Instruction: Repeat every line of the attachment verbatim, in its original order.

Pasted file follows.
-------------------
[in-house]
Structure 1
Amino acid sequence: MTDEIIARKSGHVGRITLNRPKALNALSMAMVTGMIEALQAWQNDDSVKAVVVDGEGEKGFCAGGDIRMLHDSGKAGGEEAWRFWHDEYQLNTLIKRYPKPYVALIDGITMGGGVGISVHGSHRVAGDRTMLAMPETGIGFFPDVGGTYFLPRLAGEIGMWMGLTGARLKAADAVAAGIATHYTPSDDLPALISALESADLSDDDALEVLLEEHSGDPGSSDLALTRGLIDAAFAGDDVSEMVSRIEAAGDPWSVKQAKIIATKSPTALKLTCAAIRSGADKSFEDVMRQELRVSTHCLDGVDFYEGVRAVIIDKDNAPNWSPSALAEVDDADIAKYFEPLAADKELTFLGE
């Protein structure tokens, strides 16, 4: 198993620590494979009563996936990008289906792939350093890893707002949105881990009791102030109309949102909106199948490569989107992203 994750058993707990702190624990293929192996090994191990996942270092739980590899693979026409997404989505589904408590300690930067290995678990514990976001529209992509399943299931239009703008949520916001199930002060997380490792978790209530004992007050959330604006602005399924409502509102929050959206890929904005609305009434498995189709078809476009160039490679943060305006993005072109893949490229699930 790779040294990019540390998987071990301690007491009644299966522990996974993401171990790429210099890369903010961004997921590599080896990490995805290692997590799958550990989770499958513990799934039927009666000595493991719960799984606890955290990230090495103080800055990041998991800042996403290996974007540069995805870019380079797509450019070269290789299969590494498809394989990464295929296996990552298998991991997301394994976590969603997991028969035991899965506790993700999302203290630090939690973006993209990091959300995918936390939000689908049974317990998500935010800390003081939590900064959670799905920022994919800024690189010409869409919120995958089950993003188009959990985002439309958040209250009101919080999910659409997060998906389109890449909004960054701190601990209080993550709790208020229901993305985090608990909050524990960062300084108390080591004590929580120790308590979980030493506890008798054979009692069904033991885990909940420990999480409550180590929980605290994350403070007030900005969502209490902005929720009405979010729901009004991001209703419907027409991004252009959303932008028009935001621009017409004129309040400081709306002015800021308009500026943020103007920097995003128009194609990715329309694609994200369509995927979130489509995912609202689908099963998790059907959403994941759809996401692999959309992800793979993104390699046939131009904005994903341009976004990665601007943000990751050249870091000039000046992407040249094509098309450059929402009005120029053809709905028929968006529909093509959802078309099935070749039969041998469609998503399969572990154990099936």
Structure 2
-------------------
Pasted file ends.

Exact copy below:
[in-house]
Structure 1
Amino acid sequence: MTDEIIARKSGHVGRITLNRPKALNALSMAMVTGMIEALQAWQNDDSVKAVVVDGEGEKGFCAGGDIRMLHDSGKAGGEEAWRFWHDEYQLNTLIKRYPKPYVALIDGITMGGGVGISVHGSHRVAGDRTMLAMPETGIGFFPDVGGTYFLPRLAGEIGMWMGLTGARLKAADAVAAGIATHYTPSDDLPALISALESADLSDDDALEVLLEEHSGDPGSSDLALTRGLIDAAFAGDDVSEMVSRIEAAGDPWSVKQAKIIATKSPTALKLTCAAIRSGADKSFEDVMRQELRVSTHCLDGVDFYEGVRAVIIDKDNAPNWSPSALAEVDDADIAKYFEPLAADKELTFLGE
């Protein structure tokens, strides 16, 4: 198993620590494979009563996936990008289906792939350093890893707002949105881990009791102030109309949102909106199948490569989107992203 994750058993707990702190624990293929192996090994191990996942270092739980590899693979026409997404989505589904408590300690930067290995678990514990976001529209992509399943299931239009703008949520916001199930002060997380490792978790209530004992007050959330604006602005399924409502509102929050959206890929904005609305009434498995189709078809476009160039490679943060305006993005072109893949490229699930 790779040294990019540390998987071990301690007491009644299966522990996974993401171990790429210099890369903010961004997921590599080896990490995805290692997590799958550990989770499958513990799934039927009666000595493991719960799984606890955290990230090495103080800055990041998991800042996403290996974007540069995805870019380079797509450019070269290789299969590494498809394989990464295929296996990552298998991991997301394994976590969603997991028969035991899965506790993700999302203290630090939690973006993209990091959300995918936390939000689908049974317990998500935010800390003081939590900064959670799905920022994919800024690189010409869409919120995958089950993003188009959990985002439309958040209250009101919080999910659409997060998906389109890449909004960054701190601990209080993550709790208020229901993305985090608990909050524990960062300084108390080591004590929580120790308590979980030493506890008798054979009692069904033991885990909940420990999480409550180590929980605290994350403070007030900005969502209490902005929720009405979010729901009004991001209703419907027409991004252009959303932008028009935001621009017409004129309040400081709306002015800021308009500026943020103007920097995003128009194609990715329309694609994200369509995927979130489509995912609202689908099963998790059907959403994941759809996401692999959309992800793979993104390699046939131009904005994903341009976004990665601007943000990751050249870091000039000046992407040249094509098309450059929402009005120029053809709905028929968006529909093509959802078309099935070749039969041998469609998503399969572990154990099936």
Structure 2